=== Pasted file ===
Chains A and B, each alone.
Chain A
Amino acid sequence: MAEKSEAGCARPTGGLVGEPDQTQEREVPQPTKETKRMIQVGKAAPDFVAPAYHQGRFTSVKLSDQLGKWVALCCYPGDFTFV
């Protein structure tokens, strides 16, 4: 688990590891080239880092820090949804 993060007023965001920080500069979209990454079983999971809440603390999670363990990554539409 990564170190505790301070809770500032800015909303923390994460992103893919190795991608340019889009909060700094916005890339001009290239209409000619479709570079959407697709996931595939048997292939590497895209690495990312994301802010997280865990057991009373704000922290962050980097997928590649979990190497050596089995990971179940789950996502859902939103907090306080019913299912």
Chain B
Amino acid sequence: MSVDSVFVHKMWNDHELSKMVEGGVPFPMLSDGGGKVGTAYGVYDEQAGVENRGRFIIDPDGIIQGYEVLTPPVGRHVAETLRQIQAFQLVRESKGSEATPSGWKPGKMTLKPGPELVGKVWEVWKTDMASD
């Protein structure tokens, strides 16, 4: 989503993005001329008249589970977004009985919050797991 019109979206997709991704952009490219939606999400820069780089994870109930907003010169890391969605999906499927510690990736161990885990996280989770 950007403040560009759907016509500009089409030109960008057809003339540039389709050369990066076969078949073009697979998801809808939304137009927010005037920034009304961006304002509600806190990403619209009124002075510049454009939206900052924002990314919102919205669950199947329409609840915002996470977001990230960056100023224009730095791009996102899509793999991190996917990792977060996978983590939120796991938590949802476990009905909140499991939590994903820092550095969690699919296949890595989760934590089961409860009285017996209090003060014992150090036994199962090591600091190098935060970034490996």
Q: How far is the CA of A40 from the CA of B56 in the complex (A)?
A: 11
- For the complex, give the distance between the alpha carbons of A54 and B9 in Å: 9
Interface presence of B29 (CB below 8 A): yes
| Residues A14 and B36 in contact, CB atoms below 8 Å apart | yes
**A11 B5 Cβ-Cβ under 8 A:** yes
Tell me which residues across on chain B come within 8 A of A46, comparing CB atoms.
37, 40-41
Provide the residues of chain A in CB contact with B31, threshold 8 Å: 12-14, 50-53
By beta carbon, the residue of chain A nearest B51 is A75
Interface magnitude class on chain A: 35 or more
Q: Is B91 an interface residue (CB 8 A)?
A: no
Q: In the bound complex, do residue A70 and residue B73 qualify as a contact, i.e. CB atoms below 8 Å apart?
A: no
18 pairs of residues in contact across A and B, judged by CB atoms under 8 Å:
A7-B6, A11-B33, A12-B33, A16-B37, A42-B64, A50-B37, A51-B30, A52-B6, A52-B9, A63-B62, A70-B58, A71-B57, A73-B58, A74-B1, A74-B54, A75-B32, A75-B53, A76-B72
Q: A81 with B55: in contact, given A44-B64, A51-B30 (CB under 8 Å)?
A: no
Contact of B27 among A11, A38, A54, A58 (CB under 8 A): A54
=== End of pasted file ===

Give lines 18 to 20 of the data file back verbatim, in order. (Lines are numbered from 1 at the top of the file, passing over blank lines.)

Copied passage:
Interface magnitude class on chain A: 35 or more
Q: Is B91 an interface residue (CB 8 A)?
A: no